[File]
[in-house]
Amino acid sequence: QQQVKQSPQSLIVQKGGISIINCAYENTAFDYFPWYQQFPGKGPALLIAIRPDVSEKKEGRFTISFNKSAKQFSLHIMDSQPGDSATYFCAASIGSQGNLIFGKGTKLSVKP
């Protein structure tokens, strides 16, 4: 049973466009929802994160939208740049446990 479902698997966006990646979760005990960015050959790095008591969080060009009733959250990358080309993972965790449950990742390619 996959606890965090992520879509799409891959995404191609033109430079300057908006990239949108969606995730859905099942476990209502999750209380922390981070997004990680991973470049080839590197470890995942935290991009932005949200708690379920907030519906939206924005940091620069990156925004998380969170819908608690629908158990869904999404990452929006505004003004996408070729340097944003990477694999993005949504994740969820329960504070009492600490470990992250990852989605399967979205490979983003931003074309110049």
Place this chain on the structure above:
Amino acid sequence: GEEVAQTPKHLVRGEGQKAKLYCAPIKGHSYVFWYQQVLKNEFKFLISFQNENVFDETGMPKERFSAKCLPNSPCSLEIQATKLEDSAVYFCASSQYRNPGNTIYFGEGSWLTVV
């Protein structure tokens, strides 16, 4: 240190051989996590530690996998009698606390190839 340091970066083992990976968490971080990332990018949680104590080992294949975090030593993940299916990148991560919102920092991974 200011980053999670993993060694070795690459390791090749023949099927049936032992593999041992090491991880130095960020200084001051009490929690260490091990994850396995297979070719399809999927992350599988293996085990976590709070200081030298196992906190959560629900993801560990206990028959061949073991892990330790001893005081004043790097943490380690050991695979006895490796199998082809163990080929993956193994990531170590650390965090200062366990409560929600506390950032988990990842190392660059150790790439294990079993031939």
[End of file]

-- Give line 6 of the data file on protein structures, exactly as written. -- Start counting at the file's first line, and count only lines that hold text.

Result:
């Protein structure tokens, strides 16, 4: 240190051989996590530690996998009698606390190839 340091970066083992990976968490971080990332990018949680104590080992294949975090030593993940299916990148991560919102920092991974 200011980053999670993993060694070795690459390791090749023949099927049936032992593999041992090491991880130095960020200084001051009490929690260490091990994850396995297979070719399809999927992350599988293996085990976590709070200081030298196992906190959560629900993801560990206990028959061949073991892990330790001893005081004043790097943490380690050991695979006895490796199998082809163990080929993956193994990531170590650390965090200062366990409560929600506390950032988990990842190392660059150790790439294990079993031939």